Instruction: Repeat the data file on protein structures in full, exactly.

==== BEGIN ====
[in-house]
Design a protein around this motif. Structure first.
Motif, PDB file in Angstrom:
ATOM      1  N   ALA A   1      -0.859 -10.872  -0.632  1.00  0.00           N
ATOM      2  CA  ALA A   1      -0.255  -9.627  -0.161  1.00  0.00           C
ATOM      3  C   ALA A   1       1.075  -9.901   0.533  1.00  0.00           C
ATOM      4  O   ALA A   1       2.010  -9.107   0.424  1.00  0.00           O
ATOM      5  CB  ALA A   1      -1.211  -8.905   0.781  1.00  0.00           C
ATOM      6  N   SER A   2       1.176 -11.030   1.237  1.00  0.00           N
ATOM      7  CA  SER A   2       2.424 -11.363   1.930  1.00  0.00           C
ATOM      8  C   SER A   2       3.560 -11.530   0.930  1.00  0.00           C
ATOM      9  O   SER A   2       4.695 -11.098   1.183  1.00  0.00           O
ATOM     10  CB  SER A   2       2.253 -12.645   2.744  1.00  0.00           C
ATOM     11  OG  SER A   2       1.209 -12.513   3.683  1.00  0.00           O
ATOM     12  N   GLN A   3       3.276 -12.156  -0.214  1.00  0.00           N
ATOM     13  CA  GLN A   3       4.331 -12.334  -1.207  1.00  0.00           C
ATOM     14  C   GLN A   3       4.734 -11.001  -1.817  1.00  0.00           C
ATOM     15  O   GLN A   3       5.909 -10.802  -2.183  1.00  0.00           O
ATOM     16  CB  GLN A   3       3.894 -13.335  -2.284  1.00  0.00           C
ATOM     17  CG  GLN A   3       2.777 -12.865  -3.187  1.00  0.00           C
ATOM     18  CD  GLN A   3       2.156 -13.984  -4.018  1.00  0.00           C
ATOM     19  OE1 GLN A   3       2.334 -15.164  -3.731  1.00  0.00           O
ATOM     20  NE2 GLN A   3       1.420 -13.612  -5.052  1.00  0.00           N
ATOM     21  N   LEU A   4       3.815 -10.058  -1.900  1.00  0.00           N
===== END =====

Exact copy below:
[in-house]
Design a protein around this motif. Structure first.
Motif, PDB file in Angstrom:
ATOM      1  N   ALA A   1      -0.859 -10.872  -0.632  1.00  0.00           N
ATOM      2  CA  ALA A   1      -0.255  -9.627  -0.161  1.00  0.00           C
ATOM      3  C   ALA A   1       1.075  -9.901   0.533  1.00  0.00           C
ATOM      4  O   ALA A   1       2.010  -9.107   0.424  1.00  0.00           O
ATOM      5  CB  ALA A   1      -1.211  -8.905   0.781  1.00  0.00           C
ATOM      6  N   SER A   2       1.176 -11.030   1.237  1.00  0.00           N
ATOM      7  CA  SER A   2       2.424 -11.363   1.930  1.00  0.00           C
ATOM      8  C   SER A   2       3.560 -11.530   0.930  1.00  0.00           C
ATOM      9  O   SER A   2       4.695 -11.098   1.183  1.00  0.00           O
ATOM     10  CB  SER A   2       2.253 -12.645   2.744  1.00  0.00           C
ATOM     11  OG  SER A   2       1.209 -12.513   3.683  1.00  0.00           O
ATOM     12  N   GLN A   3       3.276 -12.156  -0.214  1.00  0.00           N
ATOM     13  CA  GLN A   3       4.331 -12.334  -1.207  1.00  0.00           C
ATOM     14  C   GLN A   3       4.734 -11.001  -1.817  1.00  0.00           C
ATOM     15  O   GLN A   3       5.909 -10.802  -2.183  1.00  0.00           O
ATOM     16  CB  GLN A   3       3.894 -13.335  -2.284  1.00  0.00           C
ATOM     17  CG  GLN A   3       2.777 -12.865  -3.187  1.00  0.00           C
ATOM     18  CD  GLN A   3       2.156 -13.984  -4.018  1.00  0.00           C
ATOM     19  OE1 GLN A   3       2.334 -15.164  -3.731  1.00  0.00           O
ATOM     20  NE2 GLN A   3       1.420 -13.612  -5.052  1.00  0.00           N
ATOM     21  N   LEU A   4       3.815 -10.058  -1.900  1.00  0.00           N